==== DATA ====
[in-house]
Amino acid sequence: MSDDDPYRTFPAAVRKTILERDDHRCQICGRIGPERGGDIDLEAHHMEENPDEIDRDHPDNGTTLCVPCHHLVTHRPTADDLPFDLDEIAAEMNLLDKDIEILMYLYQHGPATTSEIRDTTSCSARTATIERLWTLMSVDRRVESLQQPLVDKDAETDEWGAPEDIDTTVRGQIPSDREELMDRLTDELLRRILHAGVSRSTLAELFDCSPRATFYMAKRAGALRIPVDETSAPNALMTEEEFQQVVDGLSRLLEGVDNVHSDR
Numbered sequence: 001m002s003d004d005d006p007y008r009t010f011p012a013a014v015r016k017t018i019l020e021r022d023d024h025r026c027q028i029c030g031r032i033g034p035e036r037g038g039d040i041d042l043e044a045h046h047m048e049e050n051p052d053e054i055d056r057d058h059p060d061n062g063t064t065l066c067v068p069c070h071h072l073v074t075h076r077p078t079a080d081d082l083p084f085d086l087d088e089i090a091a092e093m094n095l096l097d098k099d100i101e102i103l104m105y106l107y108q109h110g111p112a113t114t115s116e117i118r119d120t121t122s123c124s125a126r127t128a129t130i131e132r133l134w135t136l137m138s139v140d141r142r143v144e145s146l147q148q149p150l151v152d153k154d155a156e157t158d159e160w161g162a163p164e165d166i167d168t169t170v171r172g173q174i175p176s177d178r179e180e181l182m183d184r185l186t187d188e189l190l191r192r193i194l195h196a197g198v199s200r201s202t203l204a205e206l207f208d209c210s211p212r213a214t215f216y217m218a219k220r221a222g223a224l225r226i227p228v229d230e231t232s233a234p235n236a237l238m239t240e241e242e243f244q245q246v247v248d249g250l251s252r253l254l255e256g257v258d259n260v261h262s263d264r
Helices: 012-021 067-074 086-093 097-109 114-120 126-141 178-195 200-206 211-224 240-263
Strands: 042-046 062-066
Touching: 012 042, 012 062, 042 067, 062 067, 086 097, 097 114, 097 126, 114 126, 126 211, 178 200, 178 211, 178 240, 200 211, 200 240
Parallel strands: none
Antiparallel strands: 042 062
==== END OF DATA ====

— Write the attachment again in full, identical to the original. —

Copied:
[in-house]
Amino acid sequence: MSDDDPYRTFPAAVRKTILERDDHRCQICGRIGPERGGDIDLEAHHMEENPDEIDRDHPDNGTTLCVPCHHLVTHRPTADDLPFDLDEIAAEMNLLDKDIEILMYLYQHGPATTSEIRDTTSCSARTATIERLWTLMSVDRRVESLQQPLVDKDAETDEWGAPEDIDTTVRGQIPSDREELMDRLTDELLRRILHAGVSRSTLAELFDCSPRATFYMAKRAGALRIPVDETSAPNALMTEEEFQQVVDGLSRLLEGVDNVHSDR
Numbered sequence: 001m002s003d004d005d006p007y008r009t010f011p012a013a014v015r016k017t018i019l020e021r022d023d024h025r026c027q028i029c030g031r032i033g034p035e036r037g038g039d040i041d042l043e044a045h046h047m048e049e050n051p052d053e054i055d056r057d058h059p060d061n062g063t064t065l066c067v068p069c070h071h072l073v074t075h076r077p078t079a080d081d082l083p084f085d086l087d088e089i090a091a092e093m094n095l096l097d098k099d100i101e102i103l104m105y106l107y108q109h110g111p112a113t114t115s116e117i118r119d120t121t122s123c124s125a126r127t128a129t130i131e132r133l134w135t136l137m138s139v140d141r142r143v144e145s146l147q148q149p150l151v152d153k154d155a156e157t158d159e160w161g162a163p164e165d166i167d168t169t170v171r172g173q174i175p176s177d178r179e180e181l182m183d184r185l186t187d188e189l190l191r192r193i194l195h196a197g198v199s200r201s202t203l204a205e206l207f208d209c210s211p212r213a214t215f216y217m218a219k220r221a222g223a224l225r226i227p228v229d230e231t232s233a234p235n236a237l238m239t240e241e242e243f244q245q246v247v248d249g250l251s252r253l254l255e256g257v258d259n260v261h262s263d264r
Helices: 012-021 067-074 086-093 097-109 114-120 126-141 178-195 200-206 211-224 240-263
Strands: 042-046 062-066
Touching: 012 042, 012 062, 042 067, 062 067, 086 097, 097 114, 097 126, 114 126, 126 211, 178 200, 178 211, 178 240, 200 211, 200 240
Parallel strands: none
Antiparallel strands: 042 062